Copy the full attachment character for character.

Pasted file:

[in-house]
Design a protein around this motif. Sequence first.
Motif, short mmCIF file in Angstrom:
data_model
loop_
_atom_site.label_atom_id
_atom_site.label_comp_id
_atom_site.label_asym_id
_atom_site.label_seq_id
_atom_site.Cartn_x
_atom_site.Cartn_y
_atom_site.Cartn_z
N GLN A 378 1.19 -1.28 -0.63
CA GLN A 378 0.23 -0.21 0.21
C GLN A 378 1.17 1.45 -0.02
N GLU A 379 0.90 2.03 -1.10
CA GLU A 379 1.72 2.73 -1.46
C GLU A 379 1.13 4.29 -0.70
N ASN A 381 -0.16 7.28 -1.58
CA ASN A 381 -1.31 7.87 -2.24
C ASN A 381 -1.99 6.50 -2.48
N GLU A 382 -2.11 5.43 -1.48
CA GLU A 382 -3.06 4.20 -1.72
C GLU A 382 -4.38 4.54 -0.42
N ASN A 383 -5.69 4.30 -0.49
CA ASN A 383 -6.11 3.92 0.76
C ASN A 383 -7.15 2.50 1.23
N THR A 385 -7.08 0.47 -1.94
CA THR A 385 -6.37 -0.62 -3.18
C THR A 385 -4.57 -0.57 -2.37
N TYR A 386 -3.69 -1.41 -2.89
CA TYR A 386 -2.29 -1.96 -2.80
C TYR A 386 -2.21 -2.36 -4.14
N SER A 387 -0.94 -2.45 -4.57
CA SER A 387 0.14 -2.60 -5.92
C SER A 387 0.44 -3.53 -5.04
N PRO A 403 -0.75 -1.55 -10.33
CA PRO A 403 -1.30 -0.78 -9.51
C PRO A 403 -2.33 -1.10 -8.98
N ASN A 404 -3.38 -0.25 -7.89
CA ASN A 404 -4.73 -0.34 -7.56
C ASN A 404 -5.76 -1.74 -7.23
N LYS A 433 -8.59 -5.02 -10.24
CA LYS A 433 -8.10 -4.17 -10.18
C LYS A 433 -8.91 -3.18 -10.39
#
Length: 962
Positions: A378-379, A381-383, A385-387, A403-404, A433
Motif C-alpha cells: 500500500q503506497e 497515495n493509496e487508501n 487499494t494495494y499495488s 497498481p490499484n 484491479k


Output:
[in-house]
Design a protein around this motif. Sequence first.
Motif, short mmCIF file in Angstrom:
data_model
loop_
_atom_site.label_atom_id
_atom_site.label_comp_id
_atom_site.label_asym_id
_atom_site.label_seq_id
_atom_site.Cartn_x
_atom_site.Cartn_y
_atom_site.Cartn_z
N GLN A 378 1.19 -1.28 -0.63
CA GLN A 378 0.23 -0.21 0.21
C GLN A 378 1.17 1.45 -0.02
N GLU A 379 0.90 2.03 -1.10
CA GLU A 379 1.72 2.73 -1.46
C GLU A 379 1.13 4.29 -0.70
N ASN A 381 -0.16 7.28 -1.58
CA ASN A 381 -1.31 7.87 -2.24
C ASN A 381 -1.99 6.50 -2.48
N GLU A 382 -2.11 5.43 -1.48
CA GLU A 382 -3.06 4.20 -1.72
C GLU A 382 -4.38 4.54 -0.42
N ASN A 383 -5.69 4.30 -0.49
CA ASN A 383 -6.11 3.92 0.76
C ASN A 383 -7.15 2.50 1.23
N THR A 385 -7.08 0.47 -1.94
CA THR A 385 -6.37 -0.62 -3.18
C THR A 385 -4.57 -0.57 -2.37
N TYR A 386 -3.69 -1.41 -2.89
CA TYR A 386 -2.29 -1.96 -2.80
C TYR A 386 -2.21 -2.36 -4.14
N SER A 387 -0.94 -2.45 -4.57
CA SER A 387 0.14 -2.60 -5.92
C SER A 387 0.44 -3.53 -5.04
N PRO A 403 -0.75 -1.55 -10.33
CA PRO A 403 -1.30 -0.78 -9.51
C PRO A 403 -2.33 -1.10 -8.98
N ASN A 404 -3.38 -0.25 -7.89
CA ASN A 404 -4.73 -0.34 -7.56
C ASN A 404 -5.76 -1.74 -7.23
N LYS A 433 -8.59 -5.02 -10.24
CA LYS A 433 -8.10 -4.17 -10.18
C LYS A 433 -8.91 -3.18 -10.39
#
Length: 962
Positions: A378-379, A381-383, A385-387, A403-404, A433
Motif C-alpha cells: 500500500q503506497e 497515495n493509496e487508501n 487499494t494495494y499495488s 497498481p490499484n 484491479k